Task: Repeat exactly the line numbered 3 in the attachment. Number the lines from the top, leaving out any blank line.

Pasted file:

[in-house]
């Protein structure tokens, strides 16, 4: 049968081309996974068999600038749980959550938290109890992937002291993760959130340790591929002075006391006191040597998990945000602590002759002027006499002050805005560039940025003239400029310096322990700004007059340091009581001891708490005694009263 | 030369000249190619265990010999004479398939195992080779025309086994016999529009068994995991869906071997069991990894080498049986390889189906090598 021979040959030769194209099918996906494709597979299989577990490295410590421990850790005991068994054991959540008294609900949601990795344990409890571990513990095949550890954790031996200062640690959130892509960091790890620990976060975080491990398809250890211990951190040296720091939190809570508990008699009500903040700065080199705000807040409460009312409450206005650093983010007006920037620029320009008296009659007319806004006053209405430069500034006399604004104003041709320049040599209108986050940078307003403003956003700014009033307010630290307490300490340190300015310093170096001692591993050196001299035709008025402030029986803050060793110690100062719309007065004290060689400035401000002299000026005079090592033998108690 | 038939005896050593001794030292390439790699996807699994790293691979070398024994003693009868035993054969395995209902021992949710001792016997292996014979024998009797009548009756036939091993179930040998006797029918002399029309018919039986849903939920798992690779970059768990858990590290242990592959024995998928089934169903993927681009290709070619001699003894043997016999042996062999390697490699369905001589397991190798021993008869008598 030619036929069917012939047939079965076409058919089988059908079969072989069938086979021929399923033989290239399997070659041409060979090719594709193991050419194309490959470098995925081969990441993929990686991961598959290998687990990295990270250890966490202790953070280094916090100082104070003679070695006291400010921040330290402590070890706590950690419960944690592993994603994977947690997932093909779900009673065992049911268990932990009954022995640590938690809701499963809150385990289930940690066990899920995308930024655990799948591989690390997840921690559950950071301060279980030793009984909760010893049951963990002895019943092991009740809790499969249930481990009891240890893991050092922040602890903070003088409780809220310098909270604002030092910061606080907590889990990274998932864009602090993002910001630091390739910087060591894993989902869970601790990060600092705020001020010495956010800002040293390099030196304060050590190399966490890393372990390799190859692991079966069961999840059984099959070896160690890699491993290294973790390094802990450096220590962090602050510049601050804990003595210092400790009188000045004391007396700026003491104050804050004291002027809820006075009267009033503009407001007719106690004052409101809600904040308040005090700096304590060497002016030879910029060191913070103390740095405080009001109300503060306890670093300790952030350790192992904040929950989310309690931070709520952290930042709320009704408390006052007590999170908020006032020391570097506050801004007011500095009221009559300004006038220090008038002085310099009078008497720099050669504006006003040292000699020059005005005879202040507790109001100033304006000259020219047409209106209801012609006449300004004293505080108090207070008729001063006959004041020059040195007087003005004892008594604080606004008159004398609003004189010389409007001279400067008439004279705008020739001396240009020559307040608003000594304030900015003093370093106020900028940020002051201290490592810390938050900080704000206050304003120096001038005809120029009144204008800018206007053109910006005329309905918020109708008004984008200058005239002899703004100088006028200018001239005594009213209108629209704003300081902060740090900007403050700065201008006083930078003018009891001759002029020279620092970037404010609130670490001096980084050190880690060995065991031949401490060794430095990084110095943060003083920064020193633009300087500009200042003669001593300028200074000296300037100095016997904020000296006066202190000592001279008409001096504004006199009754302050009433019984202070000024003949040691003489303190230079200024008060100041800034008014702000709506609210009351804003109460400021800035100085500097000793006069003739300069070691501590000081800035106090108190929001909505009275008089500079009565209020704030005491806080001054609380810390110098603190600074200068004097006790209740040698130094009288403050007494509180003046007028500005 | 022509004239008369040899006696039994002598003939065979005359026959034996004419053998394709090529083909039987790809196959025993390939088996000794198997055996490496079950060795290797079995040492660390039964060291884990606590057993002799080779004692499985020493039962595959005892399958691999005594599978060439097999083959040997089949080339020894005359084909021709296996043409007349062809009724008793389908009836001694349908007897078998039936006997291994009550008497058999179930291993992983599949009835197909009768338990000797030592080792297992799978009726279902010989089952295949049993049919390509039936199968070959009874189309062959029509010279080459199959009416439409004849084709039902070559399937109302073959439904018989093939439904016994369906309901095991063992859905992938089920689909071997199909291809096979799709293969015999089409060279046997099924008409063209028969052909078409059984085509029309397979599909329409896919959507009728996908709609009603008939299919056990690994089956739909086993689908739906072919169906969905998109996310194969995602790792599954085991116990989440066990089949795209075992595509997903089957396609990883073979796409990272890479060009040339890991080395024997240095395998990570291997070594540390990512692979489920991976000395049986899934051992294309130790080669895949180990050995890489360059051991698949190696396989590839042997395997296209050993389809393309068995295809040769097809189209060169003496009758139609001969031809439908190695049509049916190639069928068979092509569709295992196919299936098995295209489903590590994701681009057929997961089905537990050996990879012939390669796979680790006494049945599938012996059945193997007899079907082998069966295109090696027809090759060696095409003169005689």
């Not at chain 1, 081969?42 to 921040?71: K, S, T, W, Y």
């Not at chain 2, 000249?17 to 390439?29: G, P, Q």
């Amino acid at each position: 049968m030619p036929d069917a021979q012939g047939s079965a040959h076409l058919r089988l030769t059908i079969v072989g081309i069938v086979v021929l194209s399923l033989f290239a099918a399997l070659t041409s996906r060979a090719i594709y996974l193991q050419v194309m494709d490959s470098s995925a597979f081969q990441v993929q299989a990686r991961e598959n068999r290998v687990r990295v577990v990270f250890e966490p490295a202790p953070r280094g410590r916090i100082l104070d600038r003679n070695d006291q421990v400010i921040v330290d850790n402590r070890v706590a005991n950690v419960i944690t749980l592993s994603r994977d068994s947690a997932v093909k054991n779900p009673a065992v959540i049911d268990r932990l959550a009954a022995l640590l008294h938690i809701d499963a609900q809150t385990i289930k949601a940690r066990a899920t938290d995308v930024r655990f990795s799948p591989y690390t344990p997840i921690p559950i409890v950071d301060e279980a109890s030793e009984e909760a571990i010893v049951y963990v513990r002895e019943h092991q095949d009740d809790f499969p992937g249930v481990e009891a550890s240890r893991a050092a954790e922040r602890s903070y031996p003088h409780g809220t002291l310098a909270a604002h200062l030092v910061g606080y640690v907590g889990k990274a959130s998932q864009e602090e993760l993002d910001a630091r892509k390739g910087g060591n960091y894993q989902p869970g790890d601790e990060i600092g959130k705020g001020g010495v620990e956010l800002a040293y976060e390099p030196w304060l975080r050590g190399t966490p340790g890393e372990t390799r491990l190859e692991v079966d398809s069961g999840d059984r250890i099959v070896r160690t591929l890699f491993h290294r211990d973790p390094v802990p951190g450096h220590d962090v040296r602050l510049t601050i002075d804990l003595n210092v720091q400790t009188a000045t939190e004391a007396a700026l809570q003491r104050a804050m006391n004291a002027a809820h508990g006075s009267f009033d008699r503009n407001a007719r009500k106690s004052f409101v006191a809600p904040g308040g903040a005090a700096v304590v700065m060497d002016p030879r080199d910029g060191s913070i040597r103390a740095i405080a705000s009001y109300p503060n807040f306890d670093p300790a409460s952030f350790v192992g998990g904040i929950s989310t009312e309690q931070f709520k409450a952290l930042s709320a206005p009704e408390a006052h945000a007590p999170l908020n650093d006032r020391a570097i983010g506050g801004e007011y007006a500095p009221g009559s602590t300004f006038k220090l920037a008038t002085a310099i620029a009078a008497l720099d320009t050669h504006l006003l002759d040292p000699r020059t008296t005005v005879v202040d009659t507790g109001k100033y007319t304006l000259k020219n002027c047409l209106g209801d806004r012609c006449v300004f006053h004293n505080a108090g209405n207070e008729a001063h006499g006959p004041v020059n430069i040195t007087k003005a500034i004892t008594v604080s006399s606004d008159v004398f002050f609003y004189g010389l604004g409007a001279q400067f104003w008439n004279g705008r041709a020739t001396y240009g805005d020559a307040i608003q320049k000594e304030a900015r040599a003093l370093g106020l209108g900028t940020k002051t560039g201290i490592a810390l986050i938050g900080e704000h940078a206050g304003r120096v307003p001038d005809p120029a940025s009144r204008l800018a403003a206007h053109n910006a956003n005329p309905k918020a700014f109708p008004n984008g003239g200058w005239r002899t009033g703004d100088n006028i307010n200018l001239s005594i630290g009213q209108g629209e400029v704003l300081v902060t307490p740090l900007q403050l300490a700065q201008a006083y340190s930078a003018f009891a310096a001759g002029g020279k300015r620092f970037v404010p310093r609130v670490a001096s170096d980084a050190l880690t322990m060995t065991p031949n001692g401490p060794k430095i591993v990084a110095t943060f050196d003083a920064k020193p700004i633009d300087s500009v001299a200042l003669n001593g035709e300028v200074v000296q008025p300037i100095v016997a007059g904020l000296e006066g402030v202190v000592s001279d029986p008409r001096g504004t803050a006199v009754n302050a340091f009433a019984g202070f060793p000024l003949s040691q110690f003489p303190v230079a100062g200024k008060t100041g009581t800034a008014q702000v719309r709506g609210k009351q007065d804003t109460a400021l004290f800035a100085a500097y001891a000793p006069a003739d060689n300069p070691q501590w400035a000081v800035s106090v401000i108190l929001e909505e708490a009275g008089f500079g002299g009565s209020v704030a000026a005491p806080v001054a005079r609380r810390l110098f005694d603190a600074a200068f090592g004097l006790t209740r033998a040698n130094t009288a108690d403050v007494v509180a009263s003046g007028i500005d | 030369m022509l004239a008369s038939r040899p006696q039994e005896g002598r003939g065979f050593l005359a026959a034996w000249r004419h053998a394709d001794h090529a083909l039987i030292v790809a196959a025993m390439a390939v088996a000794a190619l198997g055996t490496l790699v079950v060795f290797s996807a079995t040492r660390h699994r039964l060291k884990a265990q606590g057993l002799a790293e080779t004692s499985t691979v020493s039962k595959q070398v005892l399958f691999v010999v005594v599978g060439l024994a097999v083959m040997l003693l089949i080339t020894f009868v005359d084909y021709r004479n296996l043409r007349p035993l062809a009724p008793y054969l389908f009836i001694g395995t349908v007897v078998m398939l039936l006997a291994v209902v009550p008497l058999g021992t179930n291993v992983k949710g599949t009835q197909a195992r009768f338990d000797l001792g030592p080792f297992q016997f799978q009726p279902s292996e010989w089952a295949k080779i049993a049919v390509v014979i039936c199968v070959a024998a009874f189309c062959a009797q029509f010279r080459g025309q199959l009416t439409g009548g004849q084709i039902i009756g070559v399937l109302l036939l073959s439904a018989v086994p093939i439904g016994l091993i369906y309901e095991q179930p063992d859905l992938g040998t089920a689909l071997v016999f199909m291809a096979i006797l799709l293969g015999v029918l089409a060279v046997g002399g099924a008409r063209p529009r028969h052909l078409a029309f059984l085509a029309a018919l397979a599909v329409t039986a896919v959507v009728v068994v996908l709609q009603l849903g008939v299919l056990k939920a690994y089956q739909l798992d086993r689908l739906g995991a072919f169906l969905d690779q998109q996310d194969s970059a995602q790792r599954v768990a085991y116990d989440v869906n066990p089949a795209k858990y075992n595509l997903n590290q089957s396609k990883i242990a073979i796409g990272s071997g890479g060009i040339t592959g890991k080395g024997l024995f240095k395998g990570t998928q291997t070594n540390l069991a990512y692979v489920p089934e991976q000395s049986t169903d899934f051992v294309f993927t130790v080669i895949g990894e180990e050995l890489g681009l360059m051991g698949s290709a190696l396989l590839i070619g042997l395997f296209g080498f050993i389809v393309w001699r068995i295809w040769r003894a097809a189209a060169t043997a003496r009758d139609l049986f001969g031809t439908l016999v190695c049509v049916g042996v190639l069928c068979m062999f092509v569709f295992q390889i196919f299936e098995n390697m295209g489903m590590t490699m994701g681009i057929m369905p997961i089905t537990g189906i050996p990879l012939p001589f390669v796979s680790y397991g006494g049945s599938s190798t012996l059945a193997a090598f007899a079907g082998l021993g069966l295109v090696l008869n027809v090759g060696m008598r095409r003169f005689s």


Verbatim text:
């Not at chain 1, 081969?42 to 921040?71: K, S, T, W, Y």